CAMPAIGNERS have hit out at HS2 bosses after hundreds of tree sapling, meant to offset wildlife destruction caused by the high speed rail, died.
Project chiefs pledged to plant seven million trees to replace woodland earmarked to be cut down to make way for the 216km London to Birmingham line – 54km of which is set to cut through Warwickshire.
Ancient trees in Crackley Wood and Cubbington Wood will be among the casualties, including the latter’s 250-year-old wild pear tree.
But where trees have been replanted near Southam, farmers discovered the saplings had died during soaring temperatures last summer.
And HS2 has confirmed nearly 90,000 trees, of some 237,000 planted, needed to be replaced following the drought.
The firm says watering the saplings cost too much compared to replanting them.
A spokesman told the Observer: “HS2 Ltd is committed to planting seven million trees along the route of HS2 to create a green corridor of new habitat created for wildlife.
“The summer of 2018 was the hottest on record in England, with an average of just 35.4mm of rain falling in June, half the usual amount.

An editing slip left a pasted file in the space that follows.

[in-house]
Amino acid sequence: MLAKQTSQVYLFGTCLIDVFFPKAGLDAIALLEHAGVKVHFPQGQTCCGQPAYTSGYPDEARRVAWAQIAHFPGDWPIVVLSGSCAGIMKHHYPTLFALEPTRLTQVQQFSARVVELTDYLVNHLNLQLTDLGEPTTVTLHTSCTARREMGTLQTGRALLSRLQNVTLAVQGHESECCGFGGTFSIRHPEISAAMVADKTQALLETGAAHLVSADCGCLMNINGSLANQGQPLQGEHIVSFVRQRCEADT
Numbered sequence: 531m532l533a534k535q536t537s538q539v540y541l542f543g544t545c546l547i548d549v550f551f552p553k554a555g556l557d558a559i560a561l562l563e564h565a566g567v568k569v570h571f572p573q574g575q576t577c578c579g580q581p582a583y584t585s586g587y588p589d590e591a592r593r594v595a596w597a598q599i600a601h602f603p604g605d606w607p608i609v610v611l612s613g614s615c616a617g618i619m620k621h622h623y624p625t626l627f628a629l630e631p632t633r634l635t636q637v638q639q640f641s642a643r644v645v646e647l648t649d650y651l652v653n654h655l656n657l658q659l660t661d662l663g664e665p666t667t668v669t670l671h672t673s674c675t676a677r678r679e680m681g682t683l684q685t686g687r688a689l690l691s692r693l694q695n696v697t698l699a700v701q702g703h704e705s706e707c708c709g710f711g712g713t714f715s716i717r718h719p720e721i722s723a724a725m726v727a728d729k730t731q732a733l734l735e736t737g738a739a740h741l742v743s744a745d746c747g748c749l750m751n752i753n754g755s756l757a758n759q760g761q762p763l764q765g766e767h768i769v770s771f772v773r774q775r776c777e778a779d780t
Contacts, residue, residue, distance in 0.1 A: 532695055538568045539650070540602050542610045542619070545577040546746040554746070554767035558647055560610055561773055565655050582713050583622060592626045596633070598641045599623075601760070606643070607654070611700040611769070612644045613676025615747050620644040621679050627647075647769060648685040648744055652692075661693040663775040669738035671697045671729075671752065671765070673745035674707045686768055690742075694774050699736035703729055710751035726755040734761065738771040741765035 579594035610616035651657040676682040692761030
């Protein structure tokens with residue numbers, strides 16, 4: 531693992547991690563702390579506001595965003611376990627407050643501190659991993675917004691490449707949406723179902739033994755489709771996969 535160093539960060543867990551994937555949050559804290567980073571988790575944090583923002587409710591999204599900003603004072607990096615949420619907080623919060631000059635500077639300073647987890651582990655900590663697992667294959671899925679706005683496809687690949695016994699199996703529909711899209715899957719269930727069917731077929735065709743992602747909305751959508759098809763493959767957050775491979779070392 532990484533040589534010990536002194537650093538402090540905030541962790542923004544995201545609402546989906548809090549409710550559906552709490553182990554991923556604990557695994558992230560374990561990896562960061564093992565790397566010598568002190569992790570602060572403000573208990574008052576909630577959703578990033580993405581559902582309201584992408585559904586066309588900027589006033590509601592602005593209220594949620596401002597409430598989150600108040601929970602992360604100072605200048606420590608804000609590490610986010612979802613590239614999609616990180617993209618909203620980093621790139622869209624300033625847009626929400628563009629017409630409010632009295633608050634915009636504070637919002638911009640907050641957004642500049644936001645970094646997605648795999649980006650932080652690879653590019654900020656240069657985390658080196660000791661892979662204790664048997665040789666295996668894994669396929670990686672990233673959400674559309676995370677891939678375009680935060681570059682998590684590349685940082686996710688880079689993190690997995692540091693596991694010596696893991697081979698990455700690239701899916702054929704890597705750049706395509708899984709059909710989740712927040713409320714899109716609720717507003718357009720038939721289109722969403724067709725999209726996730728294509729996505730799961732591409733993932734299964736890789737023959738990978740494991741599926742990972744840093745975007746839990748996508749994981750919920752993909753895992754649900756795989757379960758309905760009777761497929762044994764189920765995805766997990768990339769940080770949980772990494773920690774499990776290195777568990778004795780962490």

“During the 2017 to 2018 planting season, HS2 Ltd planted 236,762 trees. Because of the unexpected drought conditions during the summer, a total of 89,742 had to be replaced the following year, around 38 per cent of the trees planted.
“We estimate it would have cost around £2million to water the trees during the drought, so replacing these plants is a much more cost effective solution, as well as a more ethical use of resources during unprecedented conditions at the height of summer.”
When asked whether the replacement saplings would be watered, the spokesman added it depended on ‘whether it rained or not’.
Stop HS2 campaign manager Joe Rukin, from Kenilworth, said: “This is just one field in a catalogue of disasters from start to finish. It’s a monument to the institutional incompetence of HS2 and it’s just one of the many reasons why this project cannot be given notice to proceed.”
HS2 expects the new trees to increase existing woodlands by around 30 per cent.
But despite the optimistic claims, last year Warwickshire Wildlife Trust hit out at the plans saying the 40 hectares of the county’s ancient woodland set to be destroyed was unique and irreplaceable.